Honestly, summarizing Harry Potter and the Philosopher's (Sorcerer's) Stone is actually kind of hard because of how many times I've read it. But for anyone who doesn't really know the synopsis it's about a eleven year old boy named Harry Potter who lives with his abusive aunt, uncle, and cousin who prefer things to stay as ordinary and "normal" as possible. Their door is knocked down by a half giant named Hagrid who tells Harry that he is a wizard and he's accepted to go to the Hogwarts School of Witchcraft and Wizardry. There Harry learns about his parents, who died when he was just a baby, and this whole world that has existed this whole time. He makes friends, learns magic, and realizes his past and future are anything but ordinary or normal.
This book has officially been out 20 years, I think it's safe to say if you are worried about any sort of spoiler, please just don't read on. I loved this book. I'll always love this book, and if you haven't read this series but you're interested I hope you do! It's such an important story. I want to mention that this re-read I read the 20th Anniversary Gryffindor Edition and if you're on the fence about buying yourself a copy in your house I highly recommend it. It's beautiful. From the spray painted pages of each house color to the illustrations inside, it's totally worth the $15 on Book Depository.
If you know me, the rating I have given the book isn't a surprise. This book means the world to me, and it may be the one book I have read the most times. There's something so magical about this book, and I think it's Harry's amazement at everything he's experienced.
"Harry- yer a wizard."
As an adult, reading this book breaks my heart as much as it does make me feel happy and fuzzy. Thinking of Harry, an eleven year old kid in a house where he's essentially unloved and discarded is thrown into this world where everyone knows his name and he's treated like a hero. It's the small things that break your heart, like him using a bunch of his newfound money to buy him and his new friend Ron a bunch of sweets because he's never had money before, his surprise that he woke up on Christmas to having presents under the tree, something he isn't used to, and even the scene where he is caught flying on a broomstick without permission and he assumed McGonagall is going to beat him for it.
I feel like I am already all over the place, it's hard to review a book that not only have you read at least a dozen times, but it holds a lot of sentimental value. So I'll review it like I normally review books, first characters, than the plot, and then the writing.
"But from that moment on, Hermione Granger became their friend. There are some things you can't share without ending up liking each other, and knocking out a twelve-foot mountain troll is one of them."
I think that the characters in this book are great. Harry, Ron, and Hermione are just little beans and I love them so much. I can't help but picture the actors and movie visuals when reading the books, even if I remember exactly the way I imagined them when I read the books for the first time. I like that we are in Harry's point of view, because it feels like you're being put in this new world just like he is, and you're experiencing it for the first time. When Harry walks through Diagon Ally the first time I feel my heart swell. The whole Diagon Ally scene in both the book and movie are one of my favorite scenes ever. Then there is Ron, who is my favorite character, and I love that he and Harry hit it off so seamlessly. I actually forgot how much time it takes before the duo becomes a trio and Hermione joins the gang. I also forgot how mean they were to her at first! I mean sure, she's super annoying for a good chunk of the book because she feels like she has to prove herself, but dang! My second favorite character is Hagrid, and I just loved seeing him light up with Harry.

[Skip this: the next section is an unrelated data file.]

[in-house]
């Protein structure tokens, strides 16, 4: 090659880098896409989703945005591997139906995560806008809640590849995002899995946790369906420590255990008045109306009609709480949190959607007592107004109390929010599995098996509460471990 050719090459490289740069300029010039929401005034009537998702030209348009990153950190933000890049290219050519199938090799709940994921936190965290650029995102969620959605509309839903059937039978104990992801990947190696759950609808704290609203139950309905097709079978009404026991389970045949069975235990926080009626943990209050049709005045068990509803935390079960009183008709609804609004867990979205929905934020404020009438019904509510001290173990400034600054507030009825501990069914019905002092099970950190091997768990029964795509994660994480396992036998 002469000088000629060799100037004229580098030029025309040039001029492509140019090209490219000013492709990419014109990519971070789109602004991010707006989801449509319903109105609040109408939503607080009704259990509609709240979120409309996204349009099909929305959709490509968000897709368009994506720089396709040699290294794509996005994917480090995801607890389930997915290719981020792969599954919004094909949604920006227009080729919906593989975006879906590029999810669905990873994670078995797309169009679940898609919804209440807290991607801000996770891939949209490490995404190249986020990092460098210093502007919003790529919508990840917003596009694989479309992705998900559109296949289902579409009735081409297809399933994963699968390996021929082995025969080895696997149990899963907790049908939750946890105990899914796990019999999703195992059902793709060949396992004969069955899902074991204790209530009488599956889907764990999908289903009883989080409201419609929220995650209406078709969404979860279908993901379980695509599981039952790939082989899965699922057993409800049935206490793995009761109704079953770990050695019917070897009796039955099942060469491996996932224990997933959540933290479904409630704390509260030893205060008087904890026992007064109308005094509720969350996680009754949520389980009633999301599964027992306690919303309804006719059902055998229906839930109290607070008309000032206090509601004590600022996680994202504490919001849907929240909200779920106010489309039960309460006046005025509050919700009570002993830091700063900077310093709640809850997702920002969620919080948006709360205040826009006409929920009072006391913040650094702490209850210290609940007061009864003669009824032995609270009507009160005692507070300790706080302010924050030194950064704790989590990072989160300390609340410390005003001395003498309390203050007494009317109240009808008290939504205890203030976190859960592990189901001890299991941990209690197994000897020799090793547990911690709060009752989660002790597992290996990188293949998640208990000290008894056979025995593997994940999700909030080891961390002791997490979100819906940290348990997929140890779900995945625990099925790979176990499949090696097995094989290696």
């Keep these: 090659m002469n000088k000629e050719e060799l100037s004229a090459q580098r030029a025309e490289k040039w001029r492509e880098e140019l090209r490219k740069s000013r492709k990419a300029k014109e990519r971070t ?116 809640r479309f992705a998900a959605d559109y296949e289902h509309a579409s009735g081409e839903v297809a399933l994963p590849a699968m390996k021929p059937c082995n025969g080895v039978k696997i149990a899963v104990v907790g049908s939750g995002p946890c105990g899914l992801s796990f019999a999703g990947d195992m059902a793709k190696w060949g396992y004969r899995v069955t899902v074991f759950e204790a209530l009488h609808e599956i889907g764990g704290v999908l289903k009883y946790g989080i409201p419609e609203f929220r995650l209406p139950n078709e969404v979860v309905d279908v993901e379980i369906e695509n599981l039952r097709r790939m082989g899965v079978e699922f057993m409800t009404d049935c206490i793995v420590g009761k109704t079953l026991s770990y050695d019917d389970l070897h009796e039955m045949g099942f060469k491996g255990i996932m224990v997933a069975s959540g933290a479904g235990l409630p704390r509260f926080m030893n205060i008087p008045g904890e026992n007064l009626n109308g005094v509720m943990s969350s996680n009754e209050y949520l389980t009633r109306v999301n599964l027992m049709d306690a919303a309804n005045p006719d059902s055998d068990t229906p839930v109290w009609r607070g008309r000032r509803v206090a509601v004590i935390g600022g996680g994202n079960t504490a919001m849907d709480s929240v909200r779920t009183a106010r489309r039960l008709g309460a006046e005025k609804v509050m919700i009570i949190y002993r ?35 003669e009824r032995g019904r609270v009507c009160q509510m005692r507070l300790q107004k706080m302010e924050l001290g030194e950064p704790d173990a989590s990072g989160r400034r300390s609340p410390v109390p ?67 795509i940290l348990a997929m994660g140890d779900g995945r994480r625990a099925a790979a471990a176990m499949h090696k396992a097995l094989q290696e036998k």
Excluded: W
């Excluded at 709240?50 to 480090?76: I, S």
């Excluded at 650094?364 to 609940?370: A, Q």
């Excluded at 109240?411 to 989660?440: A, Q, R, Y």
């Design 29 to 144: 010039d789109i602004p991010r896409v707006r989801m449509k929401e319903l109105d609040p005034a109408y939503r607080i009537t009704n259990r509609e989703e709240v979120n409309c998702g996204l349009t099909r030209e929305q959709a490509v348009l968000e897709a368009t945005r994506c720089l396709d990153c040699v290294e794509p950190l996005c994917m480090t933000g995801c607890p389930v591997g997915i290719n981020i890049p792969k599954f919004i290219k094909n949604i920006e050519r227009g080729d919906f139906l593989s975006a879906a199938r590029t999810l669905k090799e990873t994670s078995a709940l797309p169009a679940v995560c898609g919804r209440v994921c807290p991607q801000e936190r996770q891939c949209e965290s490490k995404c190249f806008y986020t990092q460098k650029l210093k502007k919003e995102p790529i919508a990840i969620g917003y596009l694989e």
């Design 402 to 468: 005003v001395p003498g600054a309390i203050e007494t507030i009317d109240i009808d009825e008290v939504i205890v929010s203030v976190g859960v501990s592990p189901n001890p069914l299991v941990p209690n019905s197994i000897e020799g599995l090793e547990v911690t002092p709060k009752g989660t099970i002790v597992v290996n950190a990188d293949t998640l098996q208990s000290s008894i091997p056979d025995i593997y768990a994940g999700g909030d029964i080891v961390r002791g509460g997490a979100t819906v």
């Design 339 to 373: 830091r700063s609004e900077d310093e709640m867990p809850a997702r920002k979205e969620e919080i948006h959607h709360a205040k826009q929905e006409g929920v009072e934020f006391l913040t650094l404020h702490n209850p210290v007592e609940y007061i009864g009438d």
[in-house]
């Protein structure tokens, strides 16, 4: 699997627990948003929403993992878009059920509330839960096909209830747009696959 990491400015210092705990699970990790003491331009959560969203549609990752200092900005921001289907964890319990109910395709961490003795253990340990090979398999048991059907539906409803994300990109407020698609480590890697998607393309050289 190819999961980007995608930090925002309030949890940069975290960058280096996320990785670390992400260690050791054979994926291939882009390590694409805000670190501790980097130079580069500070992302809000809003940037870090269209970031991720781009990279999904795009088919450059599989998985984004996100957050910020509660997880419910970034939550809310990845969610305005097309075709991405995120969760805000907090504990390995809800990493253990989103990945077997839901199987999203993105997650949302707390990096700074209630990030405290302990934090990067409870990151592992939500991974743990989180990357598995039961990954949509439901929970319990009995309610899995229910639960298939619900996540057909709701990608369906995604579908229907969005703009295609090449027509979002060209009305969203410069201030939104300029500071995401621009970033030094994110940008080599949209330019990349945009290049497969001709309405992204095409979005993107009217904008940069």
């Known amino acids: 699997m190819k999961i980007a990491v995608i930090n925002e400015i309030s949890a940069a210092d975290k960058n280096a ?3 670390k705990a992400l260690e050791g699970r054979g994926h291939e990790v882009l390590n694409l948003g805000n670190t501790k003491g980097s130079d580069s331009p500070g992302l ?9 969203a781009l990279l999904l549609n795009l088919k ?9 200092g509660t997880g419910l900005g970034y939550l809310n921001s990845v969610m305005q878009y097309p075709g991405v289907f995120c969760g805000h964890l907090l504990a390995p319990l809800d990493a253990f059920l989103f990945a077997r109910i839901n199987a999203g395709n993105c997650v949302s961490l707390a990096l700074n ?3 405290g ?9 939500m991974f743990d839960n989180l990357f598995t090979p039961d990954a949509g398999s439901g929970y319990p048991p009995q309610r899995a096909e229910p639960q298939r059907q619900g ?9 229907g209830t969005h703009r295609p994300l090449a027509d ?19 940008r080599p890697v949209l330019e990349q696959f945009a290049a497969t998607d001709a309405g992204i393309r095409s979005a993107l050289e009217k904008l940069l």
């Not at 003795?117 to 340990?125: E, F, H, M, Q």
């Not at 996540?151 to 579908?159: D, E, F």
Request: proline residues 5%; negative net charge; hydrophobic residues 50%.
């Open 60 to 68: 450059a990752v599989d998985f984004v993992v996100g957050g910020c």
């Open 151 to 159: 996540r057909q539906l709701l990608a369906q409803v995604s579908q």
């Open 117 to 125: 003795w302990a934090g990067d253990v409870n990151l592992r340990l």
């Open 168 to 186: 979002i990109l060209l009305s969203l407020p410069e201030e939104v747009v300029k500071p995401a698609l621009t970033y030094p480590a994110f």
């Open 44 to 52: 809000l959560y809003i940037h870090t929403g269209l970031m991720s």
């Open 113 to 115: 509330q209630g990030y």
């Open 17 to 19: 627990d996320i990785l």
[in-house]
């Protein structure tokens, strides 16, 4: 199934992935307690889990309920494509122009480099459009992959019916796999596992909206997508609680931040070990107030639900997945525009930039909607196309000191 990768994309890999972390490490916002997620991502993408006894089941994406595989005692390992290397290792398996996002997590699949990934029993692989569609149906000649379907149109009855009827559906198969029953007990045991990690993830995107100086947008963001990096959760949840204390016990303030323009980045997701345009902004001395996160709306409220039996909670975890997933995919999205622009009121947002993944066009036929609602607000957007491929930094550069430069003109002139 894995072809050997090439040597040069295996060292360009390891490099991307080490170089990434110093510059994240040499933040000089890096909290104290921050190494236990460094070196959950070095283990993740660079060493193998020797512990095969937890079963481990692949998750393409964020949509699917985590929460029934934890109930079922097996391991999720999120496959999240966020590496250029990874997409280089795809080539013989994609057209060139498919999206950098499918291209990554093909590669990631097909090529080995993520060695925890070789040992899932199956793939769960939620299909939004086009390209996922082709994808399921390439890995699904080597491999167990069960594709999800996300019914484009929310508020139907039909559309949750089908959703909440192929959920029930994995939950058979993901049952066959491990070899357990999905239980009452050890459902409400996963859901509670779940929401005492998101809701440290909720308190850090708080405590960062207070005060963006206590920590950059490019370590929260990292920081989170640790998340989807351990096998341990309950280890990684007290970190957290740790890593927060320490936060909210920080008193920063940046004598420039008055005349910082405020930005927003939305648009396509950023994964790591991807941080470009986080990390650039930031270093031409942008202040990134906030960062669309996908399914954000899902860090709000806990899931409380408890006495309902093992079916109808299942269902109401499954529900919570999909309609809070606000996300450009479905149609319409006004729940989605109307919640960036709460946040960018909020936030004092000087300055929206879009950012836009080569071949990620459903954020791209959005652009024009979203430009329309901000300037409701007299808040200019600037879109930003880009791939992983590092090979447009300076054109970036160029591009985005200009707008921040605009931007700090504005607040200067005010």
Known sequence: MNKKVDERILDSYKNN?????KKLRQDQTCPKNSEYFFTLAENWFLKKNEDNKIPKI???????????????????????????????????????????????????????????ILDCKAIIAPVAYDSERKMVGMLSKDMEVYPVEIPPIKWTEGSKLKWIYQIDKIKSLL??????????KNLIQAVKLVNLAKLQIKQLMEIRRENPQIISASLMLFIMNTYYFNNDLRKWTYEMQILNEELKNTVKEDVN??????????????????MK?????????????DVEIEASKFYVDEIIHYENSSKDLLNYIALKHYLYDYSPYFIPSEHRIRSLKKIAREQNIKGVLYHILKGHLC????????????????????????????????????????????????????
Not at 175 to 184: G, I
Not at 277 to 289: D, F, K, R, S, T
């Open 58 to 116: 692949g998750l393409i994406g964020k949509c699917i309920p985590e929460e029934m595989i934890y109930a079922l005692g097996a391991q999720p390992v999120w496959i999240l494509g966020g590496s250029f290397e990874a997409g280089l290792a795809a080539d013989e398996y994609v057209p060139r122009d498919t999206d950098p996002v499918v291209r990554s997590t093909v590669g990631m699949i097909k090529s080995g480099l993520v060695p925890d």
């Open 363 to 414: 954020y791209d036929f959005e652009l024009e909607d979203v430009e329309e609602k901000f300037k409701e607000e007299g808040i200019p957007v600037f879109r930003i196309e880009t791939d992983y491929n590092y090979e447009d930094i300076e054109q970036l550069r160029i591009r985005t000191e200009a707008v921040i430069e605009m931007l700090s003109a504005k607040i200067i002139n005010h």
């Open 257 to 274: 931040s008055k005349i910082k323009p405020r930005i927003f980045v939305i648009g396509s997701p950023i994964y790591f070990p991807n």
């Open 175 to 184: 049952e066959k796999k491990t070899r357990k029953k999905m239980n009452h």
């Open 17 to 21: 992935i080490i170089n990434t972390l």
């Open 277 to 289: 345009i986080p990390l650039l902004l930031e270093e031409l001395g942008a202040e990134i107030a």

Of course the plot is amazing, the amount of world building that takes place in this book (and series) is so magical in itself. It's so detailed and it feels so real. One of the best things about re-reading a series like Harry Potter is you catch so many little foreshadowing bits for the next book or even the last book that you wouldn't have caught the first time around. There isn't too much plot in this book because we are getting used to the world, plus it's a middle grade book so the plot doesn't really get dark until book 3/4.
The book also has a few scenes that I am actually bummed we didn't see in the movie, like the scene where Malfoy and Harry are set to have a wizards duel, the scene where Harry and Hermione get Norbert to safety (by the way, how did Charlie Weasley and his gang show up to Hogwarts undetected in the middle of the night, especially with the wards and spells all around the castle?), and I really love the snippet at the end where Hermione is trying to figure out how to defeat the Devils Snare and she announces they need firework because she has forgotten in that moment that she's a witch.
"It does not do to dwell on dreams and forget to live."
Overall I think this book is such an amazing one. I think this book (and the movie) have some of the most iconic Harry Potter scenes for me. The ones that always spring to mind is Harry flying on a broomstick for the first time, Harry finding the Mirror of Erised (my favorite chapter), and the scene with the troll in the bathroom. This book is always going to be a comfort for me. It's one of the books that makes me the happiest, even if it has some sad moments. Of course the magic and wizarding world is enough to make me love this series but I think the themes of friendship, bravery, and love are what I love about it and are what makes this story such an important one.